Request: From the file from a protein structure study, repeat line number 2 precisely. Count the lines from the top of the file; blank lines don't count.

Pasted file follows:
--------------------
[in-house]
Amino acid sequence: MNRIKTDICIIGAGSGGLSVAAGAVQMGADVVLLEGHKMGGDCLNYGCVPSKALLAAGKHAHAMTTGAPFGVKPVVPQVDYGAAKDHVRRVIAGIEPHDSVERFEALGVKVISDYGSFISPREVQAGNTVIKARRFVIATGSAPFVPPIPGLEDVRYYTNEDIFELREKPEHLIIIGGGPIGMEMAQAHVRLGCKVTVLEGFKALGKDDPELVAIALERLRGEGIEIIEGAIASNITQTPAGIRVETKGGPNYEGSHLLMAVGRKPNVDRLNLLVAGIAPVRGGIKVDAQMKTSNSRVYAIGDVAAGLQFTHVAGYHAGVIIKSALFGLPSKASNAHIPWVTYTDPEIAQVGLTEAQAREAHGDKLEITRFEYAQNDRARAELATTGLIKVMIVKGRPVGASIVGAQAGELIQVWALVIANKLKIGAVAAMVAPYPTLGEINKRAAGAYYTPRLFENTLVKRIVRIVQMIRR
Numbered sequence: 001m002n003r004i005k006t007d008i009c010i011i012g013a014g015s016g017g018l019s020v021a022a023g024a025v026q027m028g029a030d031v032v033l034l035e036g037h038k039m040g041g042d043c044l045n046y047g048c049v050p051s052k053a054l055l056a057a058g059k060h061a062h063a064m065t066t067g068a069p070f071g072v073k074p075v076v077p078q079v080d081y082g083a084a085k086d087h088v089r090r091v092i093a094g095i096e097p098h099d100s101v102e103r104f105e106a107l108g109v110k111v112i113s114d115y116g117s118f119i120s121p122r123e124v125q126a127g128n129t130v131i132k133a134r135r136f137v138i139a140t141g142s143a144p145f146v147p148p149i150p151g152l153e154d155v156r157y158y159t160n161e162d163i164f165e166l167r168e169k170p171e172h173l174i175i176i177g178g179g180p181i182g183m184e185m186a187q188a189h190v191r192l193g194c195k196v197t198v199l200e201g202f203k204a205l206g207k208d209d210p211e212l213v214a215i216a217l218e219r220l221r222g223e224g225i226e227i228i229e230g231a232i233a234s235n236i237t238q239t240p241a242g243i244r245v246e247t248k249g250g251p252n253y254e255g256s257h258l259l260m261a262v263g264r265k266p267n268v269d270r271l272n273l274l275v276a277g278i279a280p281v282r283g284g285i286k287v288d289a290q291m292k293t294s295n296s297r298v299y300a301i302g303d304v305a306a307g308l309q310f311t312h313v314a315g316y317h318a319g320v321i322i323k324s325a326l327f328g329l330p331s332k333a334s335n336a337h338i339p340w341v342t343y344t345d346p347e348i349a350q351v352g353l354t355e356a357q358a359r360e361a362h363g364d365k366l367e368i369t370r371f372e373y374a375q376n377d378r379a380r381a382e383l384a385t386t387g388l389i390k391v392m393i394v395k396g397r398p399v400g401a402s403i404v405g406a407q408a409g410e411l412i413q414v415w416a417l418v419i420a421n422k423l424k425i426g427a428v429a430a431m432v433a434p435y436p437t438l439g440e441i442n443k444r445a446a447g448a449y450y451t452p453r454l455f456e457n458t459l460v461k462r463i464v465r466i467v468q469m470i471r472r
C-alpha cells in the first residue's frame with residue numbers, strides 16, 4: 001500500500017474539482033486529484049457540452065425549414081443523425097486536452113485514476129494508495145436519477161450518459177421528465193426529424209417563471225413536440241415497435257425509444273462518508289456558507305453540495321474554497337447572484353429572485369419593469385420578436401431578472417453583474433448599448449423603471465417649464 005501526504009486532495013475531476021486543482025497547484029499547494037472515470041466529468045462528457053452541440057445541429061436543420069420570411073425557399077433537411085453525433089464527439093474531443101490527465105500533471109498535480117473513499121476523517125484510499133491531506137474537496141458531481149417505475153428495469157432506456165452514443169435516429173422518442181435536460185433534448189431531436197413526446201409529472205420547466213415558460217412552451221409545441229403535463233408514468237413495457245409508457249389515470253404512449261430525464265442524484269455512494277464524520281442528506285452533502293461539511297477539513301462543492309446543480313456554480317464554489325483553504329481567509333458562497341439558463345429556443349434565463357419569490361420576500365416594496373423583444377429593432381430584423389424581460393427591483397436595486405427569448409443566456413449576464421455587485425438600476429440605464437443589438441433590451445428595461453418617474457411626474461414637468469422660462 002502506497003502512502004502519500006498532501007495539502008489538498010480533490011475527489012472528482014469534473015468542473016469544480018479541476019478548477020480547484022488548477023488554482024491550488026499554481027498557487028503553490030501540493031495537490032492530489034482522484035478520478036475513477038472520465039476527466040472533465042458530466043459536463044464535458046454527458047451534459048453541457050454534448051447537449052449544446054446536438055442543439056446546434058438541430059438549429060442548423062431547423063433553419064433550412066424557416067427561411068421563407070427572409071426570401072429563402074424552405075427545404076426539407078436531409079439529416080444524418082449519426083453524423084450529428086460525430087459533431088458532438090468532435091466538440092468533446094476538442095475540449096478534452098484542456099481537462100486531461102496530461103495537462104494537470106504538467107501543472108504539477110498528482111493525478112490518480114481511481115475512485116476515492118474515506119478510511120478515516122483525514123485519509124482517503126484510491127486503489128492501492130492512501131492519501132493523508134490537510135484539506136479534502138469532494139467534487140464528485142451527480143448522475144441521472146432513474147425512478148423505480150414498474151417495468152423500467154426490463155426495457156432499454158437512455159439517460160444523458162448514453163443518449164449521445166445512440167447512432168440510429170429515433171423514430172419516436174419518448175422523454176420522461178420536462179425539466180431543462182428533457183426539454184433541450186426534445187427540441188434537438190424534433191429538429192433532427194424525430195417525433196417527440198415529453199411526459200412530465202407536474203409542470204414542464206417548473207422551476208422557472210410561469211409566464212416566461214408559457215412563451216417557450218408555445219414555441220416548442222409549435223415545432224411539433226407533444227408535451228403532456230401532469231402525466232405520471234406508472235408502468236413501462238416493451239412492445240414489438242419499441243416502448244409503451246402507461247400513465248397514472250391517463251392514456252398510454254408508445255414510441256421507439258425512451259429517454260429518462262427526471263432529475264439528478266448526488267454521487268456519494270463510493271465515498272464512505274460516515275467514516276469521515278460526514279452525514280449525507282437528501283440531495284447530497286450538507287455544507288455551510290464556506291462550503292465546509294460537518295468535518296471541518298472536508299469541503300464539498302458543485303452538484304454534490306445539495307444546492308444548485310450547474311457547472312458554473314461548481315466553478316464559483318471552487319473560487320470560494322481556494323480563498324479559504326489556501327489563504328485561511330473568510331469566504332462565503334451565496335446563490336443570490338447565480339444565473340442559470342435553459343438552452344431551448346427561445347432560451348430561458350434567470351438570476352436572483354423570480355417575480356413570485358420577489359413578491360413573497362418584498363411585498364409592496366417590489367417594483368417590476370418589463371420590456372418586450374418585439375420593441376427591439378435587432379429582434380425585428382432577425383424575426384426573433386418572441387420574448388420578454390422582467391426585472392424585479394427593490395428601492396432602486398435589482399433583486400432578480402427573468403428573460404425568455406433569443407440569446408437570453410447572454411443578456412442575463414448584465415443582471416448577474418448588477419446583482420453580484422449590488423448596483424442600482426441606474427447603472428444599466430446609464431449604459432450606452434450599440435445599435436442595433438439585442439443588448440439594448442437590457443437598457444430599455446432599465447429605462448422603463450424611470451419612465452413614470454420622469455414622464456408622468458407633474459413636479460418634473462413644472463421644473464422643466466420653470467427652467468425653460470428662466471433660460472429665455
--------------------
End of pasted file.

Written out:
Amino acid sequence: MNRIKTDICIIGAGSGGLSVAAGAVQMGADVVLLEGHKMGGDCLNYGCVPSKALLAAGKHAHAMTTGAPFGVKPVVPQVDYGAAKDHVRRVIAGIEPHDSVERFEALGVKVISDYGSFISPREVQAGNTVIKARRFVIATGSAPFVPPIPGLEDVRYYTNEDIFELREKPEHLIIIGGGPIGMEMAQAHVRLGCKVTVLEGFKALGKDDPELVAIALERLRGEGIEIIEGAIASNITQTPAGIRVETKGGPNYEGSHLLMAVGRKPNVDRLNLLVAGIAPVRGGIKVDAQMKTSNSRVYAIGDVAAGLQFTHVAGYHAGVIIKSALFGLPSKASNAHIPWVTYTDPEIAQVGLTEAQAREAHGDKLEITRFEYAQNDRARAELATTGLIKVMIVKGRPVGASIVGAQAGELIQVWALVIANKLKIGAVAAMVAPYPTLGEINKRAAGAYYTPRLFENTLVKRIVRIVQMIRR